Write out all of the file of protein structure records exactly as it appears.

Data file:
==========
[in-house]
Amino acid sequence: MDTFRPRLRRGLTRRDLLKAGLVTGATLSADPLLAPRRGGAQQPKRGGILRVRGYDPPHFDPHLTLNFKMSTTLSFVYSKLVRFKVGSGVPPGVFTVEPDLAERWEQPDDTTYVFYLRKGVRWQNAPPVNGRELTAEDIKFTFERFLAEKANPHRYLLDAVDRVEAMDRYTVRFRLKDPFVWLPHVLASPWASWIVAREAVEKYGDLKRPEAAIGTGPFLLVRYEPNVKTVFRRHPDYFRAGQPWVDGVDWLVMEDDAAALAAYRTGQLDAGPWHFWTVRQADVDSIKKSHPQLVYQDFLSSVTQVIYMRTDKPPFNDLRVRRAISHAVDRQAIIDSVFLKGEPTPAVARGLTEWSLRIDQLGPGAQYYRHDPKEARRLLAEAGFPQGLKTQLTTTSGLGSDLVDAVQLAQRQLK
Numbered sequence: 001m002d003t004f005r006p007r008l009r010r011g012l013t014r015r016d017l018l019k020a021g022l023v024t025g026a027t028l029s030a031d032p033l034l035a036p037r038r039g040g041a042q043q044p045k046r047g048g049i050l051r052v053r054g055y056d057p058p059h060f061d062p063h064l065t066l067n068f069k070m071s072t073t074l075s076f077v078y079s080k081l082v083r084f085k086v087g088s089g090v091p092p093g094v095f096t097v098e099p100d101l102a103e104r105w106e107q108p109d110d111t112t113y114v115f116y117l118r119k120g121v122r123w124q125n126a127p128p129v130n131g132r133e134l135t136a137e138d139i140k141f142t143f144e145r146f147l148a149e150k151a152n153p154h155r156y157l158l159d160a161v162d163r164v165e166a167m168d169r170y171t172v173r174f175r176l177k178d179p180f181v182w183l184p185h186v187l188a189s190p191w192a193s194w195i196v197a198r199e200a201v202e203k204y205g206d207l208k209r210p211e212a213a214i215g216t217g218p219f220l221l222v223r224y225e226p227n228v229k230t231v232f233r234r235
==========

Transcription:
[in-house]
Amino acid sequence: MDTFRPRLRRGLTRRDLLKAGLVTGATLSADPLLAPRRGGAQQPKRGGILRVRGYDPPHFDPHLTLNFKMSTTLSFVYSKLVRFKVGSGVPPGVFTVEPDLAERWEQPDDTTYVFYLRKGVRWQNAPPVNGRELTAEDIKFTFERFLAEKANPHRYLLDAVDRVEAMDRYTVRFRLKDPFVWLPHVLASPWASWIVAREAVEKYGDLKRPEAAIGTGPFLLVRYEPNVKTVFRRHPDYFRAGQPWVDGVDWLVMEDDAAALAAYRTGQLDAGPWHFWTVRQADVDSIKKSHPQLVYQDFLSSVTQVIYMRTDKPPFNDLRVRRAISHAVDRQAIIDSVFLKGEPTPAVARGLTEWSLRIDQLGPGAQYYRHDPKEARRLLAEAGFPQGLKTQLTTTSGLGSDLVDAVQLAQRQLK
Numbered sequence: 001m002d003t004f005r006p007r008l009r010r011g012l013t014r015r016d017l018l019k020a021g022l023v024t025g026a027t028l029s030a031d032p033l034l035a036p037r038r039g040g041a042q043q044p045k046r047g048g049i050l051r052v053r054g055y056d057p058p059h060f061d062p063h064l065t066l067n068f069k070m071s072t073t074l075s076f077v078y079s080k081l082v083r084f085k086v087g088s089g090v091p092p093g094v095f096t097v098e099p100d101l102a103e104r105w106e107q108p109d110d111t112t113y114v115f116y117l118r119k120g121v122r123w124q125n126a127p128p129v130n131g132r133e134l135t136a137e138d139i140k141f142t143f144e145r146f147l148a149e150k151a152n153p154h155r156y157l158l159d160a161v162d163r164v165e166a167m168d169r170y171t172v173r174f175r176l177k178d179p180f181v182w183l184p185h186v187l188a189s190p191w192a193s194w195i196v197a198r199e200a201v202e203k204y205g206d207l208k209r210p211e212a213a214i215g216t217g218p219f220l221l222v223r224y225e226p227n228v229k230t231v232f233r234r235